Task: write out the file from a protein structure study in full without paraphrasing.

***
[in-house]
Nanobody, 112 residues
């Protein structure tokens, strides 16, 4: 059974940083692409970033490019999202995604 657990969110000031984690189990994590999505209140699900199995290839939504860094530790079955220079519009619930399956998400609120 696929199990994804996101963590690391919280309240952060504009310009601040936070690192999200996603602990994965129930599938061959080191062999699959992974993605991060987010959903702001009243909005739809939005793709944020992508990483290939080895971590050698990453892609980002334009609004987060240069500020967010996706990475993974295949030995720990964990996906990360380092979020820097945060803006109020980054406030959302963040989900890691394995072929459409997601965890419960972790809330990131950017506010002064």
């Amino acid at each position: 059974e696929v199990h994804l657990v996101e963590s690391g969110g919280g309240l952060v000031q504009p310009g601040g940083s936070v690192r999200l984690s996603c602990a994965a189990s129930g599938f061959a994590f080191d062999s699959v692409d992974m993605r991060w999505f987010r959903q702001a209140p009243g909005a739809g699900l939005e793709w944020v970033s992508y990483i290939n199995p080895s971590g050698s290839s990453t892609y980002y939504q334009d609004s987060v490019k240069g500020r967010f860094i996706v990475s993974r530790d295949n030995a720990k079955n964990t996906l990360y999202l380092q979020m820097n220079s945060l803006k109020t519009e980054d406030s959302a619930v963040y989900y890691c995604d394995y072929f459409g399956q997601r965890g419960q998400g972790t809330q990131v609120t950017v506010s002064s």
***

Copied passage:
[in-house]
Nanobody, 112 residues
């Protein structure tokens, strides 16, 4: 059974940083692409970033490019999202995604 657990969110000031984690189990994590999505209140699900199995290839939504860094530790079955220079519009619930399956998400609120 696929199990994804996101963590690391919280309240952060504009310009601040936070690192999200996603602990994965129930599938061959080191062999699959992974993605991060987010959903702001009243909005739809939005793709944020992508990483290939080895971590050698990453892609980002334009609004987060240069500020967010996706990475993974295949030995720990964990996906990360380092979020820097945060803006109020980054406030959302963040989900890691394995072929459409997601965890419960972790809330990131950017506010002064």
């Amino acid at each position: 059974e696929v199990h994804l657990v996101e963590s690391g969110g919280g309240l952060v000031q504009p310009g601040g940083s936070v690192r999200l984690s996603c602990a994965a189990s129930g599938f061959a994590f080191d062999s699959v692409d992974m993605r991060w999505f987010r959903q702001a209140p009243g909005a739809g699900l939005e793709w944020v970033s992508y990483i290939n199995p080895s971590g050698s290839s990453t892609y980002y939504q334009d609004s987060v490019k240069g500020r967010f860094i996706v990475s993974r530790d295949n030995a720990k079955n964990t996906l990360y999202l380092q979020m820097n220079s945060l803006k109020t519009e980054d406030s959302a619930v963040y989900y890691c995604d394995y072929f459409g399956q997601r965890g419960q998400g972790t809330q990131v609120t950017v506010s002064s």